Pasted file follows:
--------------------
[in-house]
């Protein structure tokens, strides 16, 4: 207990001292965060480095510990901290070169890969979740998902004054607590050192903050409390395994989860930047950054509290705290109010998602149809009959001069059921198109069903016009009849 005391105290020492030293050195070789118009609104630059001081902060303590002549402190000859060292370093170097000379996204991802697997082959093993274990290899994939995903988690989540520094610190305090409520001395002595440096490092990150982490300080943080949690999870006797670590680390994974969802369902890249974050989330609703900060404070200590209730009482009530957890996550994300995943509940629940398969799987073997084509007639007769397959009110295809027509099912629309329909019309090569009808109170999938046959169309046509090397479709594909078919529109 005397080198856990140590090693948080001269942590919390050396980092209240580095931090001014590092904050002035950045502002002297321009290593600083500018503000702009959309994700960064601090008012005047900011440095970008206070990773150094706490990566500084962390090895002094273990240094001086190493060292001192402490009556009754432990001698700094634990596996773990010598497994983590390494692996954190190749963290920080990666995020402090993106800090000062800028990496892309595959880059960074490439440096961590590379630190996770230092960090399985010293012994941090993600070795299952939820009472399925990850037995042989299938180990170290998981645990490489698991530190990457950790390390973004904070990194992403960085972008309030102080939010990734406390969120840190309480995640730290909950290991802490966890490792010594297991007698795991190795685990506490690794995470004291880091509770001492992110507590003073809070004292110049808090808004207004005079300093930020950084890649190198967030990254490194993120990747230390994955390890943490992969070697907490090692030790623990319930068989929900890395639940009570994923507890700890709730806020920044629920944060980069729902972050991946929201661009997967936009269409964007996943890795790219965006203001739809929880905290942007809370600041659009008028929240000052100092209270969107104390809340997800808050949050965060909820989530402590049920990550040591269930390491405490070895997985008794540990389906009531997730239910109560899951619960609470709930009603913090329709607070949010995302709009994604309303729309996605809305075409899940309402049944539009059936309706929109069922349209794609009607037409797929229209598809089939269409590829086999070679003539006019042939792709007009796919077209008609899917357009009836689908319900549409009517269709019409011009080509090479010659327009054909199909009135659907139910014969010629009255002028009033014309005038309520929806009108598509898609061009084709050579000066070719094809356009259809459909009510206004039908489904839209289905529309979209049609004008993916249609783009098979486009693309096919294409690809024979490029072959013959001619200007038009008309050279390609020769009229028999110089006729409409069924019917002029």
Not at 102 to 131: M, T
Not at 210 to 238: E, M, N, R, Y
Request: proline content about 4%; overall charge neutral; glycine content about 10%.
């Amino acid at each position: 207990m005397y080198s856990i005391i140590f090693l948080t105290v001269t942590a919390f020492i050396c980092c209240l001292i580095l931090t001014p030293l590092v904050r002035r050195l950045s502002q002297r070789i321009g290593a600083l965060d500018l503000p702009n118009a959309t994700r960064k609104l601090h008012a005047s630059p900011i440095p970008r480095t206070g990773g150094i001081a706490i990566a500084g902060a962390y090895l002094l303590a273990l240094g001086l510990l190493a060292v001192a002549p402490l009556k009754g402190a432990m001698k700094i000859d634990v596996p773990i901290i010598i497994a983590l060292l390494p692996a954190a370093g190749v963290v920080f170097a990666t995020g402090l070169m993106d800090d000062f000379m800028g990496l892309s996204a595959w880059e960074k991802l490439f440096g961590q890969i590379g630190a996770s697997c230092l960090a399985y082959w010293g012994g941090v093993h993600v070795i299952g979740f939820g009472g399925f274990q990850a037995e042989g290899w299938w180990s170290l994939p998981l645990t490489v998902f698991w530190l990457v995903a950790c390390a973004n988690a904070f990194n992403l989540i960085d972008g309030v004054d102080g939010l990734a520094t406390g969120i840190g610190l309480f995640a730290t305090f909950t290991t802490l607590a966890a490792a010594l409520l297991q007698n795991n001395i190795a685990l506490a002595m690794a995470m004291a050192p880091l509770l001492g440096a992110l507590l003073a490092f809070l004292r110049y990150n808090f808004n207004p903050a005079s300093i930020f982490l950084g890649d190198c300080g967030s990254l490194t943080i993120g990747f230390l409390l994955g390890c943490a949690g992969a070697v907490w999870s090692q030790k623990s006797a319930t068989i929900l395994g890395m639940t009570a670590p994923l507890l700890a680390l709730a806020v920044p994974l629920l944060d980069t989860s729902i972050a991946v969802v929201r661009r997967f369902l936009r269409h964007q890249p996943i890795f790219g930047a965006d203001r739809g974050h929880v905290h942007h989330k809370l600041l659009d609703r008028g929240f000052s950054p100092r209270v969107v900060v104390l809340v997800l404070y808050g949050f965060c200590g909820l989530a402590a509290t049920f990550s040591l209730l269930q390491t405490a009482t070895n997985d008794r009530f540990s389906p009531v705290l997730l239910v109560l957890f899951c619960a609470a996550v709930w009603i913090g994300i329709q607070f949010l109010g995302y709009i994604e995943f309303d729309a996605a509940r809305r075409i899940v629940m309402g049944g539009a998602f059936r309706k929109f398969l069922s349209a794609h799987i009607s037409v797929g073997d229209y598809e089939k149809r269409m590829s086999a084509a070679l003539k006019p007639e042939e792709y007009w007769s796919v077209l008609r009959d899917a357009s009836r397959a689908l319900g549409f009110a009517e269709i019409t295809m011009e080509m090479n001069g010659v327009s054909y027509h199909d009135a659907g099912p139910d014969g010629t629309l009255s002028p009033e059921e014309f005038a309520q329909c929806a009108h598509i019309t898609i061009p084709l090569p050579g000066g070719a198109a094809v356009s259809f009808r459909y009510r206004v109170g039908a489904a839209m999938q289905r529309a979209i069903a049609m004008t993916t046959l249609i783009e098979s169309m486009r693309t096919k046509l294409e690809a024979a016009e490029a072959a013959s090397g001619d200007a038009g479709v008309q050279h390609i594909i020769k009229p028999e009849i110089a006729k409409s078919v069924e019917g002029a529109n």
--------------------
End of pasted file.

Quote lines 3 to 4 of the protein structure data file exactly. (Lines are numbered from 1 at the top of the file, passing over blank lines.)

Not at 102 to 131: M, T
Not at 210 to 238: E, M, N, R, Y